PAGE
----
As soon as I caught my one-year old attack our house guest, I scooped him up and took him to a private place. There, I firmly corrected him, “We do not hit!” He then received his discipline, a spanking. (There’s a lot of confusion when it comes to spanking, so let me just say that it needs to be hard enough that he feels a quick sting. But not so hard that you’re being mean.) And then came his opportunity for reconciliation. I reaffirm my love and forgiveness for him by hugging and kissing him. After all, it was my rule he was breaking. Then we approach his victim, and I encourage him to apologize for hitting. His vocabulary is limited, so his apology is not much more than offering a hug. But that’s okay because repentance comes from the heart. Not just words.

If you think this whole thing is going a little overboard with a one-year old, consider the social skills, spiritual disciplines, and ability to deal with conflict that you are teaching him at a young age. So young, that he will probably be unable to remember a time where he wasn’t practicing repentance, forgiveness, and self-control.

His trouble shall return upon his own head, And his violent dealing shall come down on his own crown.   Psalm 7:16

When [Jesus] was reviled, [He] did not revile in return; when He suffered, He did not threaten, but committed [Himself] to Him who judges righteously…   1 Peter 2:23

Train up a child in the way he should go, and when he is old he will not depart from it.   Proverbs 22:6

Dealing With Tantrums

IMG_0702I saw a poor woman yesterday in the grocery store. It’s the same woman we all see and pity. Her child is on the floor. Defiant. Screaming. She’s embarrassed. Trying to maintain an appearance of control, she impotently orders her child to get up. “Stop it. Let’s go. I mean it. Stop it right now. Get up. I’m going to leave. Fine, I’m leaving now. Bye. I’m leaving! Stop crying. Get up!” But her child’s behavior reveals who has the control.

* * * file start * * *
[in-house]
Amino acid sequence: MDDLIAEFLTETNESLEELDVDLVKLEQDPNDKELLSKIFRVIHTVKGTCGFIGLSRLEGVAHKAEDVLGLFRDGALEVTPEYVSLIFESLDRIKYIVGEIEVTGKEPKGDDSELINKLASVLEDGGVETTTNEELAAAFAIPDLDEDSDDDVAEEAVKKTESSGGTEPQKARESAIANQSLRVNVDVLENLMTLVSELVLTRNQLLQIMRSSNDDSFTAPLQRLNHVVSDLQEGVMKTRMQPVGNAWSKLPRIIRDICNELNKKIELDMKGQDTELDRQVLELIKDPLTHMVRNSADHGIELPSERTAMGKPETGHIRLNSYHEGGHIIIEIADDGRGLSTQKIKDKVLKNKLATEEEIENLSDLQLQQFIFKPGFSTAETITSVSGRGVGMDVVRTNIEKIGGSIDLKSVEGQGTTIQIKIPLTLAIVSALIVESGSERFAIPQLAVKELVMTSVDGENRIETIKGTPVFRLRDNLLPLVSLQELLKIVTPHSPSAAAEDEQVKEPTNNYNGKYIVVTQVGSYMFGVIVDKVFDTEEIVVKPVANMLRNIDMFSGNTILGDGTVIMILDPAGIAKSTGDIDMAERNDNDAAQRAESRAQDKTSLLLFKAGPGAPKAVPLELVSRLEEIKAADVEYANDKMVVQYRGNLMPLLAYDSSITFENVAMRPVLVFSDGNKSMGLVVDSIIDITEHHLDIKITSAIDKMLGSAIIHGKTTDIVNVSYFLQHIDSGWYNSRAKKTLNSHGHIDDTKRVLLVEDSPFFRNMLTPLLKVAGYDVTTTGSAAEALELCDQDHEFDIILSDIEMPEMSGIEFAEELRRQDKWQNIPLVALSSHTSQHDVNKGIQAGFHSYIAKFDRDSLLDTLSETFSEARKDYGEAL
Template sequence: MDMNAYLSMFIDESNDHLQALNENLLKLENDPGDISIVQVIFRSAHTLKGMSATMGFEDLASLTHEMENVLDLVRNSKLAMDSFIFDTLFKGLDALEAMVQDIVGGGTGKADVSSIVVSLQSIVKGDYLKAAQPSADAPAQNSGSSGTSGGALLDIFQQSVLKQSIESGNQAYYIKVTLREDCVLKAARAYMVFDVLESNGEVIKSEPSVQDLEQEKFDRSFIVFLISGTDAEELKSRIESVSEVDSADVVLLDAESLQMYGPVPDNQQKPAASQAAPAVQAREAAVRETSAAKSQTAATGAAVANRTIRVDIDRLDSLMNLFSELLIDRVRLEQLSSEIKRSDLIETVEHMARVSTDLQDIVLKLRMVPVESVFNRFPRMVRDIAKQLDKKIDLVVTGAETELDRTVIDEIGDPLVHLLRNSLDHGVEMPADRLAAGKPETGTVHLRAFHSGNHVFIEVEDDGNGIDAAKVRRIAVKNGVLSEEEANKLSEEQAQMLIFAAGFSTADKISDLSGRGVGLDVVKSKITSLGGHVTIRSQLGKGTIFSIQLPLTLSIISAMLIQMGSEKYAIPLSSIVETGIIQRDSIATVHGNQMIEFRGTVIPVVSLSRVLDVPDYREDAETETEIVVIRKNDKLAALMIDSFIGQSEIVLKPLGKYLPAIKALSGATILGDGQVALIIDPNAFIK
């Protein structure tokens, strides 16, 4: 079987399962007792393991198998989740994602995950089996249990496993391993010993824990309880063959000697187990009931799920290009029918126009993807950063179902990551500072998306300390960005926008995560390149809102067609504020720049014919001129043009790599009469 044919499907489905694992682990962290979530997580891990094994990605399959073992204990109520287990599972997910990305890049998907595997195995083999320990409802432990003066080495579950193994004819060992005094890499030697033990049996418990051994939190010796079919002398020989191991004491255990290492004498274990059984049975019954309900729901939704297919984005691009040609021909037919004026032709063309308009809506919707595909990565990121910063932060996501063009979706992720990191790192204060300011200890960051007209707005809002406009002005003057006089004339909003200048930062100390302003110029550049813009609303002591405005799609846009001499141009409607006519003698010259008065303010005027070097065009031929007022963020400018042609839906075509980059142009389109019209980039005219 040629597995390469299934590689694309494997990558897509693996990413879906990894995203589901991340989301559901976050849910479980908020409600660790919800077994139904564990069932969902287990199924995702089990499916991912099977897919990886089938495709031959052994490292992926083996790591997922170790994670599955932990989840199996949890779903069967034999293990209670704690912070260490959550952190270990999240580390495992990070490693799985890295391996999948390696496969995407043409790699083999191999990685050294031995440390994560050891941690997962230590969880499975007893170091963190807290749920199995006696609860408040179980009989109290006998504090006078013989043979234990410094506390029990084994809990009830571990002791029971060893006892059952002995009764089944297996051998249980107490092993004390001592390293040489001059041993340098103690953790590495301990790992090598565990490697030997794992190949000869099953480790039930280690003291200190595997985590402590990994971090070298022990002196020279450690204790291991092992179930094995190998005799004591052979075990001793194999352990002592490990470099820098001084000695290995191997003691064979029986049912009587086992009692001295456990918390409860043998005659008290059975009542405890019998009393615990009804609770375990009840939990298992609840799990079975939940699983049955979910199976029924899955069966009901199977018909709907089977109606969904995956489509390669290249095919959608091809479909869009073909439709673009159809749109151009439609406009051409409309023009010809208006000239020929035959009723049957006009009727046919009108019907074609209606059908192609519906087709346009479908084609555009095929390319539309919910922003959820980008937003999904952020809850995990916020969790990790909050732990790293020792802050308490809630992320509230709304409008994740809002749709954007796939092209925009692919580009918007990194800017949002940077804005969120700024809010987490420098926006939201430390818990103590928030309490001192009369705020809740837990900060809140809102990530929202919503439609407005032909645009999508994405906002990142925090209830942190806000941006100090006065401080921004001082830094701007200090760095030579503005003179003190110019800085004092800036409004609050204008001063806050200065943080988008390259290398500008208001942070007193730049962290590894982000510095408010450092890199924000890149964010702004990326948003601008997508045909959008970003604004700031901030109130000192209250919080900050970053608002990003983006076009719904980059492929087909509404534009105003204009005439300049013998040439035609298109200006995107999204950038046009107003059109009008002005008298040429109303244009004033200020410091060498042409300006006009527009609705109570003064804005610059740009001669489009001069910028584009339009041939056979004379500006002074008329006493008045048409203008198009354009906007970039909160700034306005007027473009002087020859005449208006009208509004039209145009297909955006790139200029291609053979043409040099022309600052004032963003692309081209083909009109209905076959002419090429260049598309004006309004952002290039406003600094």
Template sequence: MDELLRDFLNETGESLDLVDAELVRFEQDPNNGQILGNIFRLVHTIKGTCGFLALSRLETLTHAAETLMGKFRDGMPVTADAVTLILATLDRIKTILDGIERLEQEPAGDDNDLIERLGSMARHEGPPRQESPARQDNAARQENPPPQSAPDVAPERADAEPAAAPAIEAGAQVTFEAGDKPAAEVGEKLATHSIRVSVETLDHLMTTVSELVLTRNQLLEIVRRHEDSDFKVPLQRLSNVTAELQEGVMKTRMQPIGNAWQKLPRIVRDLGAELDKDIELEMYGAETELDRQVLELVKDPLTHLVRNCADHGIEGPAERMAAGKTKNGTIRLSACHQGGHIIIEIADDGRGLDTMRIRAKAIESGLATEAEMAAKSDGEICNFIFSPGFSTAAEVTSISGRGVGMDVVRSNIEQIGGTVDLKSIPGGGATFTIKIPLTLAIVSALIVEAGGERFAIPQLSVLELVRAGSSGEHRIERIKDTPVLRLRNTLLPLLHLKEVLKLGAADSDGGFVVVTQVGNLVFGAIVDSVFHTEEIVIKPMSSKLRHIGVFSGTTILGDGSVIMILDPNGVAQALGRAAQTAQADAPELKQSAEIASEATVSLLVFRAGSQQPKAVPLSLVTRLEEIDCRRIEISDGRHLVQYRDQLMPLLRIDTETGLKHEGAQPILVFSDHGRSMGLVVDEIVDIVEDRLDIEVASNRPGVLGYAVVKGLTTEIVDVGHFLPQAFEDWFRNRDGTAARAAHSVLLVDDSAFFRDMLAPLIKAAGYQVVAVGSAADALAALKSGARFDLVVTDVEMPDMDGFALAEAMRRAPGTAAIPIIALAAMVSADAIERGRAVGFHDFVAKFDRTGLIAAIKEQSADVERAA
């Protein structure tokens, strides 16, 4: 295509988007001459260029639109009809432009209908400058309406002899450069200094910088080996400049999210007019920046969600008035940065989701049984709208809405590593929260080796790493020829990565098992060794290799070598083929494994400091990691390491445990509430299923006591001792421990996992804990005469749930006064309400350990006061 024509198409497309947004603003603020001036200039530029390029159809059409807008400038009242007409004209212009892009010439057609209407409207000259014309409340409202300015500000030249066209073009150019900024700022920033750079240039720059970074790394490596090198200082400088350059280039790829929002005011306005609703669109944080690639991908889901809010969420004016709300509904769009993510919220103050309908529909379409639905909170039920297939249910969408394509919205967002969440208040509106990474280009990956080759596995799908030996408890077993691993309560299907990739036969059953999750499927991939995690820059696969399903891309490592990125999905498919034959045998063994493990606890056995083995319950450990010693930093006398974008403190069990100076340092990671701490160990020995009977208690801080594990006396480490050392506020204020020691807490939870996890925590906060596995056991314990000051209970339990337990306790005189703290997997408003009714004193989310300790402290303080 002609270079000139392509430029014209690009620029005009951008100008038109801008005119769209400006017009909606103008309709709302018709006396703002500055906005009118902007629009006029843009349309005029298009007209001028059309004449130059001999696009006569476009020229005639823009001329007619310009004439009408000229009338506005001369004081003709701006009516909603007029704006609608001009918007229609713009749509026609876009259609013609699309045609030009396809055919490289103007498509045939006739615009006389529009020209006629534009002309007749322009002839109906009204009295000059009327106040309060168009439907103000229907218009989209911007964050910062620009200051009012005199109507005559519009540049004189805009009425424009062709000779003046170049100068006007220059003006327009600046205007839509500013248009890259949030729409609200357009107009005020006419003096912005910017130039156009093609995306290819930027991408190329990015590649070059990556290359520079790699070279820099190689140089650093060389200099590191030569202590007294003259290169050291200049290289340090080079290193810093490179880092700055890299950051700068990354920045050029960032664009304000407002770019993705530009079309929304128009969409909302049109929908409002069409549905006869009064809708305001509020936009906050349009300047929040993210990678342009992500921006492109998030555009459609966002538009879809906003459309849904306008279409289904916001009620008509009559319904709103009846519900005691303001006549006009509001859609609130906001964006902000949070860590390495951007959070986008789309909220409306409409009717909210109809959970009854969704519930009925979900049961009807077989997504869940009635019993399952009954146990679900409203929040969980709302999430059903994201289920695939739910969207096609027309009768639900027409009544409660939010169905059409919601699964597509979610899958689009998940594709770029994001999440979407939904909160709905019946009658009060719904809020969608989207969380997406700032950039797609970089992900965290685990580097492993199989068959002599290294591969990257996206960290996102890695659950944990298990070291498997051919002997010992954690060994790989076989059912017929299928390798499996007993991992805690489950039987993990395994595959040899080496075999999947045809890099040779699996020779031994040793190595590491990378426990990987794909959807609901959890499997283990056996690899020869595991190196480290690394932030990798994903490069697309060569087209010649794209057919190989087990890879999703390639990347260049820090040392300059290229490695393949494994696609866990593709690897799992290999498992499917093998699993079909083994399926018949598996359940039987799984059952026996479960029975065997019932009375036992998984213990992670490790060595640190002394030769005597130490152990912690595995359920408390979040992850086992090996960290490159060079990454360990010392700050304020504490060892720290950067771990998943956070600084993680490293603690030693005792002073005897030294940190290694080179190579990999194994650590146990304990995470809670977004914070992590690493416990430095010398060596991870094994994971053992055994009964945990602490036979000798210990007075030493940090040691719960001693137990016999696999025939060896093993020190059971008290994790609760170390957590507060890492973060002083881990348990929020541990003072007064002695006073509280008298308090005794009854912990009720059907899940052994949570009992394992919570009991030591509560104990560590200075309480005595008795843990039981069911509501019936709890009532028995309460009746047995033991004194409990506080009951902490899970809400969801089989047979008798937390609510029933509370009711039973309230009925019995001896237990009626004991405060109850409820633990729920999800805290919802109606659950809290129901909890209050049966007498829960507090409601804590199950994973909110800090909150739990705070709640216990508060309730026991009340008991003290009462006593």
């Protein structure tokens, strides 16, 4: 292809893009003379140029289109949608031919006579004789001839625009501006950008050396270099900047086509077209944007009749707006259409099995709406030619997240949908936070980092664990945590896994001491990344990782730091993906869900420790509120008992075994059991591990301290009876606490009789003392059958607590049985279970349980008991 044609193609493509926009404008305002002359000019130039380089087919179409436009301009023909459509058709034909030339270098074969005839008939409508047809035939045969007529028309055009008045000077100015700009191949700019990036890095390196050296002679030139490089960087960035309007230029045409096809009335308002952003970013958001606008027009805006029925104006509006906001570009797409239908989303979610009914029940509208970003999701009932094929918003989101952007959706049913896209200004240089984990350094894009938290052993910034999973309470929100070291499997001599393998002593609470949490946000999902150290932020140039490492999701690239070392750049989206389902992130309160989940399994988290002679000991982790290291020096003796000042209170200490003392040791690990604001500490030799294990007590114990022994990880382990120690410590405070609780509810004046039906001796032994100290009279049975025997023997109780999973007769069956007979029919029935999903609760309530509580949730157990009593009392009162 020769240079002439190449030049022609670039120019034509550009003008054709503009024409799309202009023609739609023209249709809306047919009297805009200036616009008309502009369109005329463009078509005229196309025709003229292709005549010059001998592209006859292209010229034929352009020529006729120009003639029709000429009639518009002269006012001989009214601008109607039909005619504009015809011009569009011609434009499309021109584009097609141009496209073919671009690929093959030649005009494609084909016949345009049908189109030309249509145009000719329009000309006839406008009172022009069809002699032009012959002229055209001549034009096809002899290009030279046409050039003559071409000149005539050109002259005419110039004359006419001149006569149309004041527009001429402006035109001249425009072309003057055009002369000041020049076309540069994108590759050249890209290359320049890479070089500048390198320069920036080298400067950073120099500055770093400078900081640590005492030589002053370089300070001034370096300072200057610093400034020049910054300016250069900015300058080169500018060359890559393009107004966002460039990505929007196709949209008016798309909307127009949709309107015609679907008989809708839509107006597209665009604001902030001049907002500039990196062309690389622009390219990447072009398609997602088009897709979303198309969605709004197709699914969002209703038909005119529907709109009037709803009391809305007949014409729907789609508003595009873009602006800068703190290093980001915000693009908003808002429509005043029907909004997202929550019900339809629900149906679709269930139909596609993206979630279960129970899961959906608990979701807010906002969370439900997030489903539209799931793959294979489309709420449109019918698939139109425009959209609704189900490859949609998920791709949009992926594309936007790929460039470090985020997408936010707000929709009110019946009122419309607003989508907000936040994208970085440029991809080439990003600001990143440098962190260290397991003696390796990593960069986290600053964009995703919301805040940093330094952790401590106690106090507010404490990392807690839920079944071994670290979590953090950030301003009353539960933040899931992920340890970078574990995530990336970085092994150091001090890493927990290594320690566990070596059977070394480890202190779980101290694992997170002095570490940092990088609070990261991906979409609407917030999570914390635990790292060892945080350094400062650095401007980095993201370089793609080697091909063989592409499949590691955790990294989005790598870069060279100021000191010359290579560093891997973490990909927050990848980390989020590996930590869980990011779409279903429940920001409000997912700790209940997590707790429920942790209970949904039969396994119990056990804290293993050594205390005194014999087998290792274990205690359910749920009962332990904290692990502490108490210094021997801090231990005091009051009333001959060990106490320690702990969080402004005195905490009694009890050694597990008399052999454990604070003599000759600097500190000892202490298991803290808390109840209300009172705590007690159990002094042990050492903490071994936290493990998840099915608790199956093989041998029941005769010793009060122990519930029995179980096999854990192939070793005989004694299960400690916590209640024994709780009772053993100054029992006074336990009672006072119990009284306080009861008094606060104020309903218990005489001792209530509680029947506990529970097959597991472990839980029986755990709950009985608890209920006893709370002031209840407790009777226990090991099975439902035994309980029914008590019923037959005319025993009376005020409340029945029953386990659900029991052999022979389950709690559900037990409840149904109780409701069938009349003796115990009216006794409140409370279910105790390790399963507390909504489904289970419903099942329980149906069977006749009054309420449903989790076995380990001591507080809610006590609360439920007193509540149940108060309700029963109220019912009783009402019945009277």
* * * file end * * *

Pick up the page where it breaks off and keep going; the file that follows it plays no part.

Tantrums. You have got to get on this one early. They’ll start at age one, and you have to stay on top of it for years. The best thing I believe you can do is tonot allow them. That’s not to say they won’t happen. But your children should know what will happen each and every time they attempt to throw a tantrum.

My one year old screams when his siblings take his toy away. And he doesn’t stop until he gets it back. He may have been wronged, but if I don’t deal with his reaction now, he will learn it’s perfectly acceptable to throw a fit every time he finds something unpleasurable.

The issue in his heart is selfishness. He wants what he wants, and if he doesn’t get it, he’s going find a way to make me give it to him. It’s the selfishness that you want to teach him to control. His selfish reaction maybe annoying now, but it will grow with him. By time he’s 18, if I haven’t taught him how to deal with his selfish heart, he’s going to be a very hurtful, destructive man.

The rod and rebuke give wisdom, But a child left to himself brings shame to his mother. Prov. 29:15

Children are like cars with a brick on the gas. If someone doesn’t crawl in the car and grab the wheel, they are going to destroy themselves and others.

You won’t get far explaining selfishness to a one year old, but he’ll get the idea if you deal with him swiftly. As soon as I see him begin to scream, I calmly tell him in his ear (because he won’t hear me over his own screams otherwise) not to scream or he’ll get a spanking. He continues screaming, so I take him into a private place, and give one spanking. I then tell him what to do instead of throwing a tantrum. If you don’t instruct along with discipline, your kids will keep screwing up because they will always know what they are doing wrong, but never know what to do right.